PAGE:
ECGI gathers detailed electrical information about the heart from the surface of the body by using 256 electrodes placed on the patient’s chest and back like a vest. A rapid CT scan combined with sophisticated software creates a virtual three-dimensional heart surface, which the ECGI uses to show in great detail how the heart beats.

"ECGI is a noninvasive way to gather information that previously required catheters to be placed inside the heart," Cuculich says.

Because the technology was developed at Washington University, Barnes-Jewish Hospital is currently the only hospital in the world to use ECGI, though only through clinical trials. But, Cuculich adds, many patients who receive care for their arrhythmias or undergo ablation procedures at Barnes-Jewish Hospital also choose to participate in ECGI research projects. He says the ongoing work with ECGI has been very promising for targeting arrhythmias.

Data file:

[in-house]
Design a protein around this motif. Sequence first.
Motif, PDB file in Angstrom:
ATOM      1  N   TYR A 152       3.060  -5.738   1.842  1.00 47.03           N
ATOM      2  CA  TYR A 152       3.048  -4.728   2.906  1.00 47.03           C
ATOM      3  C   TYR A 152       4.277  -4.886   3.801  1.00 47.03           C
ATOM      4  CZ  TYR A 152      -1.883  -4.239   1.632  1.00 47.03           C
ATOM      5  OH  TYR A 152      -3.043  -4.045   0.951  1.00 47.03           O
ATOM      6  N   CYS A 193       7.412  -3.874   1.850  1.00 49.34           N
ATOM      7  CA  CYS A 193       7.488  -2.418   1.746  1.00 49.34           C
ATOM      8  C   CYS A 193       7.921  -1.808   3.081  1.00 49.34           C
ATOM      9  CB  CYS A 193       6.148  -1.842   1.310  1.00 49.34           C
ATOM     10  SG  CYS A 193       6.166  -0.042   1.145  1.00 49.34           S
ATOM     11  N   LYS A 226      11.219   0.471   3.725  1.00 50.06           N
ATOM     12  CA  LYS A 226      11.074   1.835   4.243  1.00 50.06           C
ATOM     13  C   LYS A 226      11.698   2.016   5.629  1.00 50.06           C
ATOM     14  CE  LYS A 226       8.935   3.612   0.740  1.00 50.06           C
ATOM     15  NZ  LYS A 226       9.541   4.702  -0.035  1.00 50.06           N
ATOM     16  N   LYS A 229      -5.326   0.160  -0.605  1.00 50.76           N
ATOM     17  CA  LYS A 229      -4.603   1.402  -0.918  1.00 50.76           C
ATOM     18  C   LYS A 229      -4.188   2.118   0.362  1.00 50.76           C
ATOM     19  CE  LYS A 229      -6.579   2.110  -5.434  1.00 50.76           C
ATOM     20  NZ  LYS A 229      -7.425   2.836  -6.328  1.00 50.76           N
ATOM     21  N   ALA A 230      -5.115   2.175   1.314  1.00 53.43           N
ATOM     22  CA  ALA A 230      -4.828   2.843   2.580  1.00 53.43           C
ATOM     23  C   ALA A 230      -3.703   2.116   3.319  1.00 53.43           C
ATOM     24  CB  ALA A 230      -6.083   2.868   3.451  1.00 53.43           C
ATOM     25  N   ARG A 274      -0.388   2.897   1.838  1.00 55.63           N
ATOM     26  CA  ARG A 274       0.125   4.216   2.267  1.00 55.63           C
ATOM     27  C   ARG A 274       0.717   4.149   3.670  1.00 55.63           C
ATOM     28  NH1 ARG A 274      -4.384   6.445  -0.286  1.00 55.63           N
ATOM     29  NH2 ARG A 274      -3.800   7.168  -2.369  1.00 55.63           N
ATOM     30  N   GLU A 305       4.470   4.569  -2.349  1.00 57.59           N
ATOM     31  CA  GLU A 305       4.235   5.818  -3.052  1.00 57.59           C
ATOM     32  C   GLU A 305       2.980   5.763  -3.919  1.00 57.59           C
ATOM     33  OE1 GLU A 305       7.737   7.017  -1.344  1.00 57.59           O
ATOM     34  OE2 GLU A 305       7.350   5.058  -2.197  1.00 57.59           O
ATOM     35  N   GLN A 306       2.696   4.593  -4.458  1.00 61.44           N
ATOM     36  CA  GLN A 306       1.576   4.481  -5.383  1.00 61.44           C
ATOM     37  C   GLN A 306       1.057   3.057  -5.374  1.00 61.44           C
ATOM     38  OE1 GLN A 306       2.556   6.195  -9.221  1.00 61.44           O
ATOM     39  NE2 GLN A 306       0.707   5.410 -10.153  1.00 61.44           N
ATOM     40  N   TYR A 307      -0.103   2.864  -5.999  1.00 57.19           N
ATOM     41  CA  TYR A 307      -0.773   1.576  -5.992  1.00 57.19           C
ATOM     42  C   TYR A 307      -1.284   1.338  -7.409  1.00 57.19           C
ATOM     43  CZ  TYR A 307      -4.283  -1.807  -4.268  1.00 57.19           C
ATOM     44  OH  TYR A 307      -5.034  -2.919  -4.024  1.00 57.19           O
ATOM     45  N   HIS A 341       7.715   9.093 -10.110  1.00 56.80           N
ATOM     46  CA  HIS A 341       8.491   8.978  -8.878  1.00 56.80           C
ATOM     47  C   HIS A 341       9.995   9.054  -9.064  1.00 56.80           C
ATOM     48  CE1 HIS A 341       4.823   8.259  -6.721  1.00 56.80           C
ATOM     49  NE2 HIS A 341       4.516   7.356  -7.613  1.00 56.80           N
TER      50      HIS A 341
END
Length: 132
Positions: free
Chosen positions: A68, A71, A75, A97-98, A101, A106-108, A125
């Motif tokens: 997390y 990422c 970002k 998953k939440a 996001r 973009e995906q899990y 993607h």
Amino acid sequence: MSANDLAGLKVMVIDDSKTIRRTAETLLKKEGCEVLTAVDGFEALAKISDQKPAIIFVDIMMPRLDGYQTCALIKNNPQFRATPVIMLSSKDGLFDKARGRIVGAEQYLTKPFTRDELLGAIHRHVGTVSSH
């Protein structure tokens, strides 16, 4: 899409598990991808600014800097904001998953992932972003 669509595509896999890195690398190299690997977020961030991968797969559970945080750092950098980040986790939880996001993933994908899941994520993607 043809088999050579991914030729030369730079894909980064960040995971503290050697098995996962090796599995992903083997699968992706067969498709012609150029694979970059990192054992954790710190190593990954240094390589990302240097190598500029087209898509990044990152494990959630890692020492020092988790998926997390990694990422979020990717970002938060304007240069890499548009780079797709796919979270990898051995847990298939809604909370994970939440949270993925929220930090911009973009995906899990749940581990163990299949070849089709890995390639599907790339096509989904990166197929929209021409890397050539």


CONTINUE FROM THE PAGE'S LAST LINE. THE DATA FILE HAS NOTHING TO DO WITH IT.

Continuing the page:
"Each patient’s heart-rhythm disorder is unique," Cuculich says. "At Barnes-Jewish Hospital, we take the time to listen and have the advanced technology to understand these subtle but important features that make each person different. By doing so, we can offer safer and ultimately more effective treatment options for heart-rhythm disorders."

Saving More Lives With ICDs

Another area where electrophysiologists at Barnes-Jewish Hospital are making a global impact is through the expanded use of implantable cardioverter defibrillators (ICDs) to prevent sudden cardiac death and heart failure progression.

ICDs, about the size of a stopwatch, are implanted with wire leads connected to the heart. ICDs can also be programmed to serve as pacemakers. The devices can sense the heart rhythm, pace the heart as needed and deliver electrical shocks if heart rhythm becomes irregular or stops altogether.